The next week I had fun going out for sushi and a movie with my summer school friends, and on Friday enjoyed a wonderful "International Cultural Evening." Every summer the summer school organizes an evening where students put on performances, make food, and run stands about their countries. I made chocolate chip cookie bars (I couldn't find any chocolate chips in the stores, though, so I used M&M-type-candies) and enjoyed trying food from all over the world. During the show I performed the "thriller dance" with a group of Americans, then had fun watching the other acts--there were a lot of dances, some in beautiful traditional costumes, and some singing.

That weekend my friends and I headed up to Holmenkollen, a huge ski jump on a hill in Oslo. It's Norway's top tourist destination and impressed me much more than I was expecting! We got to take an elevator to the top of the jump,a dn rode a "ski simulator" which I'm sure felt much different than the real thing, but was still entertaining. Afterwards we hiked all the way down from Holmenkollen to Sognsvann, a lake near campus. Despite the rain, it was a beautiful hike and I filled up on berries! Sweet, juicy, tiny wild strawberries, blueberries, and raspberries (the strawberries were smaller than the raspberries!)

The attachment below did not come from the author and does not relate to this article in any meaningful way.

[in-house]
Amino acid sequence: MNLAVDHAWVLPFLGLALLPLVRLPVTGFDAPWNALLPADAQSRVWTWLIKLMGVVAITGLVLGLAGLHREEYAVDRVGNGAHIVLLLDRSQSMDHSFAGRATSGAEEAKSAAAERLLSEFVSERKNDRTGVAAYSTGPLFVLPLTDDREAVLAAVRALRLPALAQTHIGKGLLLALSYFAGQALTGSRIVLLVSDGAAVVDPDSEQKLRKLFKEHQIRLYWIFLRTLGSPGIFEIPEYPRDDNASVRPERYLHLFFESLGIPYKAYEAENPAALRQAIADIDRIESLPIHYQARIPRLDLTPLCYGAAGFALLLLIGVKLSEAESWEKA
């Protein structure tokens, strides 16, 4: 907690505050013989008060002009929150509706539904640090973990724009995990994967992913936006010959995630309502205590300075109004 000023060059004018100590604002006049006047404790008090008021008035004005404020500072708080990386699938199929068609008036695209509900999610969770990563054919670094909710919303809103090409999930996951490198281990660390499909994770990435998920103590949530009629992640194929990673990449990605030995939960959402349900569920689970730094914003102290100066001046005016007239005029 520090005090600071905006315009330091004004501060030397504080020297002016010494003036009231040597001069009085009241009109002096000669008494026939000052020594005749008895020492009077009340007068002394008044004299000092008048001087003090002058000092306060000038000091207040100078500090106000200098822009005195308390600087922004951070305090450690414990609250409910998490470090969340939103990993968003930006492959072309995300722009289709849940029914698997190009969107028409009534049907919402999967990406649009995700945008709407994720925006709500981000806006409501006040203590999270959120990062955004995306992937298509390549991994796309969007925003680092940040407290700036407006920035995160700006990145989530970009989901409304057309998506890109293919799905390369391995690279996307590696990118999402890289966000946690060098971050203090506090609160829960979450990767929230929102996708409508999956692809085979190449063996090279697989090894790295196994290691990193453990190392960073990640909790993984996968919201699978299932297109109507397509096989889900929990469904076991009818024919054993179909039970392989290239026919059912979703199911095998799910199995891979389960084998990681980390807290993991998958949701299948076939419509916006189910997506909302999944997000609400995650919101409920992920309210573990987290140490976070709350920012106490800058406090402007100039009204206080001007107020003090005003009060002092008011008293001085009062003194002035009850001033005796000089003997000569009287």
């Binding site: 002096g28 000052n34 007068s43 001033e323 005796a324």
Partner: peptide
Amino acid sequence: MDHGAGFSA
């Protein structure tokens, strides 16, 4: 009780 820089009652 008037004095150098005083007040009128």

Later that weekend I took a trip by myself to the Oslo folk museum, which was similar to Skansen in Stockholm--lots of historic buildings had been moved there, including a magnificent wooden stave church. I also got to see some great folk dancing, to the tune of a nickelharpa (awesome instrument) this time. I took a nice stroll through Oslo afterwards, and realized that despite its small population, there is a lot of wonderful Oslo to see.